The call for ensuring reproducibility and data sharing in systematics is not new. The fundamental importance of archiving scientific datasets across numerous subdisciplines including climate change research, evolutionary biology, and medicine has received increasing attention over the past five years [5][8],[10],[18][22]. Several of these studies have examined the proportion of publications that archived data in a manner that affords public access [6],[8],[18], and all concluded that we have entered an age in which scientific journals should require and enforce data archiving policies.
Some researchers, including [23] for psychology and [4] for medical research, have taken the next step and have contacted authors directly when data of interest have not been available, which highlighted an additional problem. These workers found that data are not easily obtained via direct author contact. More recently, Stoltzfus et al. [8] examined deposition practices within the molecular systematic community, and estimated alignment/tree deposition rates to be remarkably low (~4%). Stolzfus et al. [8] focused on only two journals (American Journal of Botany and Evolution), and searched literature over just a 2-year period (2010–2011). Although the study of Stolzfus et al. [8] represents a good first step, no analysis has attempted to evaluate how often alignments/trees are deposited over a broad range of evolutionary biology journals that span organismal diversity representing the tree of life, or how archiving tendencies have changed over time.
In the process of gathering data to build the first tree of life for all ~1.9 million named species (the Open Tree of Life Project; http://opentreeoflife.org), we examined 7,539 peer-reviewed papers to evaluate data depositional practices of foundational DNA sequence alignments and phylogenetic trees by the systematic community between 2000 and 2012. Our broad survey of the literature covered animals, fungi, seed plants, microbial eukaryotes, archaea, and bacteria, and included publications from more than 100 journals (see Tables S1S2S3S4). To assess the rigor of data that were deposited in a public archive, we also examined the quality (e.g., Did deposited trees match publication figure(s)? Were there branch lengths in deposited trees?) of ca. 350 files deposited in TreeBASE (described in Text S1). Additionally, we attempted to acquire data by randomly contacting 375 authors directly (see Text S1 and Table S4). Furthermore, to evaluate depositional practices of other data critical for study replication, we surveyed 100 randomly selected publications that implemented the popular evolutionary analysis package BEAST (Bayesian Evolutionary Analysis Sampling Trees [24]; 4,153 citations as of 7-17-2013), which is widely used to obtain divergence times and phylogenies that are used to test hypotheses and draw conclusions regarding broad biological questions (e.g., phylogeography, lineage origins).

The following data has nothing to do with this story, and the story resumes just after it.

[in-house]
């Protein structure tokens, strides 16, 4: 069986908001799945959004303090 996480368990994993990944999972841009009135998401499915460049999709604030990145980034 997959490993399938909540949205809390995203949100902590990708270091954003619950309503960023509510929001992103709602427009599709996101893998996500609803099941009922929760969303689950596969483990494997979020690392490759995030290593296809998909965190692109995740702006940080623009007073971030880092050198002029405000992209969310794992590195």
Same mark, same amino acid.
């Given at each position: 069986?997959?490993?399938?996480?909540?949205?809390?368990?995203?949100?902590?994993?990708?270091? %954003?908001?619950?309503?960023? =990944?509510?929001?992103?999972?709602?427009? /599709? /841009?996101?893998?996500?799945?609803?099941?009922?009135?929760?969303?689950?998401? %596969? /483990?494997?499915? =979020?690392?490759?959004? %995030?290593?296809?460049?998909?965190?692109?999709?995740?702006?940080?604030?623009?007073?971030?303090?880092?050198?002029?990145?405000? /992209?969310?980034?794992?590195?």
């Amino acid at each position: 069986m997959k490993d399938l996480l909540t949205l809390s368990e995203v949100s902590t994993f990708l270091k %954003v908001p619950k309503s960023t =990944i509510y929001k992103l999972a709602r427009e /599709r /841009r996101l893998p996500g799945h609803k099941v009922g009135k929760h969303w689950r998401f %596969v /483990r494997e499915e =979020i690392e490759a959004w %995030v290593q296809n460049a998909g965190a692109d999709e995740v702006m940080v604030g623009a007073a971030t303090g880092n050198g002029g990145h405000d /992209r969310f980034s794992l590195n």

Surprisingly, only 16.7%, 1,262 from a total of 7,539 publications surveyed, provided accessible alignments/trees (Figures 1 and 2). Our attempts to obtain datasets directly from authors were only 16% successful (61/375; see Table S4), and we estimate that approximately 70% of existing alignments/trees are no longer accessible. Thus, we conclude that most of the underlying sequence alignments and phylogenetic trees produced by the systematic community during the past several decades are essentially lost, accessible only as static figures in a published journal article with no capacity for subsequent manipulation. Furthermore, when data are deposited, they are often incomplete (e.g., what characters were excluded, accepted taxon names; see Text S1 and Figure S1). Our survey of publications that implemented BEAST revealed that only 11 out of 100 (11%) examined studies provided access to the underlying xml input file, which is critical for reproducing BEAST results. Although funding agencies often require all data to be accessible from funded publications, our results reveal this is more the exception than the rule.